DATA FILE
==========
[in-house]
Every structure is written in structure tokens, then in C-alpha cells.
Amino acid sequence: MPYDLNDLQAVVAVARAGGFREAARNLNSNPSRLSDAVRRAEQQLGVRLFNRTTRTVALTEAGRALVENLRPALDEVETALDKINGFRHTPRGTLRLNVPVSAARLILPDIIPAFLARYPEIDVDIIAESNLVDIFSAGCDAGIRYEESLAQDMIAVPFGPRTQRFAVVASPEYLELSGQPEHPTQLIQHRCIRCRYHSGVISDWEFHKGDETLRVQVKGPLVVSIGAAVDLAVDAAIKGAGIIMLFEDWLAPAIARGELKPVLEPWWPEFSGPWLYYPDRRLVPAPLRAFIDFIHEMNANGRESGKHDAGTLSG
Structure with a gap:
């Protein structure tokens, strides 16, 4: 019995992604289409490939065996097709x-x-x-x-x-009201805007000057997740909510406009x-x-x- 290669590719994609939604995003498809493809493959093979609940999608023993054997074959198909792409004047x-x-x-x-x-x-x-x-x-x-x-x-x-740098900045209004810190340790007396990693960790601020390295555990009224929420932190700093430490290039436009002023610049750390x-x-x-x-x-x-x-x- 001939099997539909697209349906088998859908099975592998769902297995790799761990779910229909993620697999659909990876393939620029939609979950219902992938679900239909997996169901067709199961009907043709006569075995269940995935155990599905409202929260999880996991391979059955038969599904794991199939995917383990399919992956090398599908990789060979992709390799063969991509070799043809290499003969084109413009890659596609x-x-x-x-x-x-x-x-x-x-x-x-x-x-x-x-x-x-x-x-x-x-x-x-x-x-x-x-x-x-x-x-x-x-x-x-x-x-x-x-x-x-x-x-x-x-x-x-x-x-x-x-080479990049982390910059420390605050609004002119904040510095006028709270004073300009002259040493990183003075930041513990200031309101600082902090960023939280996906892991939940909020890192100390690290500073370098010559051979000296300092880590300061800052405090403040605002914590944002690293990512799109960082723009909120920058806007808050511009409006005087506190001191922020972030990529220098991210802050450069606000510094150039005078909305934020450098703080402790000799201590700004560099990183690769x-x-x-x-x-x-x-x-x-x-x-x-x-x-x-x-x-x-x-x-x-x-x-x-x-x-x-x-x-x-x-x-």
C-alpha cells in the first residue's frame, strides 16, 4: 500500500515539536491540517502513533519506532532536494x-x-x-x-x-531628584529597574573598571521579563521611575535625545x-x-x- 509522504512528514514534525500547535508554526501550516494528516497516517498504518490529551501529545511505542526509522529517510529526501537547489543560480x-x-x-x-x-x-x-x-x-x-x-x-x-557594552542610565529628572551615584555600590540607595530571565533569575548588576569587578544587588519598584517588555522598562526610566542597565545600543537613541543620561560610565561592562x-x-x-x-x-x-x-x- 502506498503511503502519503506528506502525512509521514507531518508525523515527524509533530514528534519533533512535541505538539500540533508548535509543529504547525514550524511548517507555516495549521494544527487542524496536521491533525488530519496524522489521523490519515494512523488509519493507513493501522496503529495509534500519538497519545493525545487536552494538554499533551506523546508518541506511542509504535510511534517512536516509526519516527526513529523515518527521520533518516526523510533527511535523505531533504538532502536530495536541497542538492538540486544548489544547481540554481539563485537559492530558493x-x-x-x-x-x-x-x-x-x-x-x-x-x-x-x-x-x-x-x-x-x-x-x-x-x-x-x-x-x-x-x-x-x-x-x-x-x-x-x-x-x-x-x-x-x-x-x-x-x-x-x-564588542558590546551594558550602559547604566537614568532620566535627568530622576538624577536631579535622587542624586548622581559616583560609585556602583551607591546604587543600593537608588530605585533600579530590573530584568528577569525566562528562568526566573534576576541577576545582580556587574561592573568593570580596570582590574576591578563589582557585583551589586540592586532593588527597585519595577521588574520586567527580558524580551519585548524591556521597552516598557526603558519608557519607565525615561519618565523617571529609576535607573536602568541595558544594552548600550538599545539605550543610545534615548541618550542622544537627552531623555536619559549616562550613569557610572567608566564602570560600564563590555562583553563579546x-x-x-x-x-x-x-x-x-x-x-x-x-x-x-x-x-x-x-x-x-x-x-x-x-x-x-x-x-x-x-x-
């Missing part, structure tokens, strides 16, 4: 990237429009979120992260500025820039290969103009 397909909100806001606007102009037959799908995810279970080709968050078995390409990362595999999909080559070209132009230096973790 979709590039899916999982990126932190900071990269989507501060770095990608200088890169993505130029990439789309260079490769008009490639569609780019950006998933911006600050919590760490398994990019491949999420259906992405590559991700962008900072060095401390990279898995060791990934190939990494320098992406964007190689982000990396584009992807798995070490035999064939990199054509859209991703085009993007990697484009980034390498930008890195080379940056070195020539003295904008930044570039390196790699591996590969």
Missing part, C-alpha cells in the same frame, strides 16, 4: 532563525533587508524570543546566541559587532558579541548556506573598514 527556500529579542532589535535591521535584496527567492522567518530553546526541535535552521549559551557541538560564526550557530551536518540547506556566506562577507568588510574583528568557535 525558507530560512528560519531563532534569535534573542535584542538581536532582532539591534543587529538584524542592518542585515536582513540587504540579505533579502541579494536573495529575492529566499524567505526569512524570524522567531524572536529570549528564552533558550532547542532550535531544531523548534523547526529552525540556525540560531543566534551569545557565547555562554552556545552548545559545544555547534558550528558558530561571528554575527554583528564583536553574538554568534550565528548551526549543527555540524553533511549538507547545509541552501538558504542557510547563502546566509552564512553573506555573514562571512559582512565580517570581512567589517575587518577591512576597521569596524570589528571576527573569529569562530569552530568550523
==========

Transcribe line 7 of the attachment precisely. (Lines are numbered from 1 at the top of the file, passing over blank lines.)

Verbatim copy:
């Missing part, structure tokens, strides 16, 4: 990237429009979120992260500025820039290969103009 397909909100806001606007102009037959799908995810279970080709968050078995390409990362595999999909080559070209132009230096973790 979709590039899916999982990126932190900071990269989507501060770095990608200088890169993505130029990439789309260079490769008009490639569609780019950006998933911006600050919590760490398994990019491949999420259906992405590559991700962008900072060095401390990279898995060791990934190939990494320098992406964007190689982000990396584009992807798995070490035999064939990199054509859209991703085009993007990697484009980034390498930008890195080379940056070195020539003295904008930044570039390196790699591996590969």